In addition to the complexity incurred by their branching structure, glycan biosynthesis is also complicated. Glycans are not generated by a templated process, like proteins from nucleic acids. During translation, each three-base codon in the mRNA molecule specifies a particular amino acid in the protein sequence. “Glycans are generated by a biosynthetic network comprised of hundreds of enzymes and associated proteins,” Bojar elaborated.

Glycosylation biosynthetic enzymes, which are encoded by so-called “glycogenes,” are transcriptionally and translationally regulated, rendering the glycome a highly dynamic entity dependent on the cellular state. “The glycome can be affected by genetic, transcriptomic, proteomic and metabolic changes. Since several biological processes contribute to the distribution of glycans in the cell, multiomics can be a very valuable tool to study how the cellular state influences the glycome,” Bojar explained.

With this goal in mind, Bojar and his team launched a single-cell, multiomics analysis of mouse T cells, in collaboration with the group of Dr. Lara K. Mahal at the University of Alberta. The study analysis leveraged a dataset of single-cell measurements called SUrface-protein Glycan And RNA-seq (SUGAR-seq), which simultaneously profiles the cell’s transcriptome by single-cell RNA-seq and surface β1,6-branched glycans using a lectin binding probe.

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“SUGAR-seq is a really exciting method,” Bojar said of the platform. “There were no single-cell methods before it to simultaneously analyze the cell’s transcriptome and aspects of the glycome. Even bulk analysis of the glycome faces issues. So, the single-cell SUGAR-seq platform really unlocked the possibility of leveraging multiomics analysis to identify mechanistic links between the cellular transcriptome and its surface glycome.”

Bojar and his team applied deep learning to the SUGAR-seq database of mouse tumor-infiltrating T cells to develop a model that could predict the surface glycome from the transcriptome. Next, they employed a method called SHapley Additive exPlanations (SHAP)  to identify gene transcripts that correlated with low or high β1,6-branched glycan abundance. “We then ran pathway enrichment analyses of SHAP genes, which pinpointed processes that negatively regulate T cell activity and differentiation. SHAP genes revolved around the biology of β1,6-branched glycan and MGAT5, the enzyme that forges the β1,6-branch of N-glycans,” Bojar elaborated of the study findings. “Additional important genes were also identified, especially related to cytokine receptor interactions and immune suppression.”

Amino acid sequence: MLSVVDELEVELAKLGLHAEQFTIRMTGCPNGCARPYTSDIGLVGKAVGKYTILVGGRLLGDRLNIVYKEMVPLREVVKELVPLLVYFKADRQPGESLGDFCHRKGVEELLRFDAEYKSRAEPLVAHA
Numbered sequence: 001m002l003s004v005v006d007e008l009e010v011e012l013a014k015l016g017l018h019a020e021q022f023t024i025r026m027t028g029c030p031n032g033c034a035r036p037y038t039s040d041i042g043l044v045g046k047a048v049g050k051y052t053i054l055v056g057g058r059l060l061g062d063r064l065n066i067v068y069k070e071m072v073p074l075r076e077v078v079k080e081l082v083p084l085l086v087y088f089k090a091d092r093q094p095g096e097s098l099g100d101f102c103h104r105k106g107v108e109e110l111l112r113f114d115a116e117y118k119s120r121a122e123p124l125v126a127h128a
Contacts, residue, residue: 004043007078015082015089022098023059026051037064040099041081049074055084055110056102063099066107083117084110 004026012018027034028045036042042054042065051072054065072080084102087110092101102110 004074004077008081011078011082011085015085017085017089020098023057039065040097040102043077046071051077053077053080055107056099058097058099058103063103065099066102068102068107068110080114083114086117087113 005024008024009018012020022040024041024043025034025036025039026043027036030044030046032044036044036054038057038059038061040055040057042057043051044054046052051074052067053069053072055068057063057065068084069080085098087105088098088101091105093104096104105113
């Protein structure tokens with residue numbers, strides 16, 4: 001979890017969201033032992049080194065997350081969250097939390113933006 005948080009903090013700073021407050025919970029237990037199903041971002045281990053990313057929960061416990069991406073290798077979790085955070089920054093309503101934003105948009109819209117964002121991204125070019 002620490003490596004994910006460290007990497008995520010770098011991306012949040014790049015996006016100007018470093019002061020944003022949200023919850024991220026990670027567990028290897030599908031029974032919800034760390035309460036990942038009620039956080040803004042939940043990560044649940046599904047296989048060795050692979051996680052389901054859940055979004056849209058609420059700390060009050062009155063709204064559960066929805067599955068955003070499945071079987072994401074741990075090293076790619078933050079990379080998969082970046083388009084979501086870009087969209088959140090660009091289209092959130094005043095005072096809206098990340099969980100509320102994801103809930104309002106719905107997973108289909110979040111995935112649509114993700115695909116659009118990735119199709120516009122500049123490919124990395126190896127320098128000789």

Overall, the study demonstrated how single-cell multiomics could be leveraged to identify gene expression patterns that disentangled the multilayered roles of surface glycosylation, from biosynthesis to functions in immunomodulation.

Bojar thinks that multiomics in glycobiology is just warming up and that there is a long road ahead. “I think cancer is on the research frontier. Sialic acid glycans are upregulated in cancer and help the tumor evade the immune system and metastasize, though in different structural configurations. Multiomics analyses have been conducted in melanoma to pinpoint candidate genes that promote aberrant glycans, and further studies may suggest possible therapeutic avenues that exploit glycan-mediated processes,” Bojar shared. “Another technical advancement that would propel the field forward would be expanding the toolkit of probes for profiling various glycan structural epitopes.”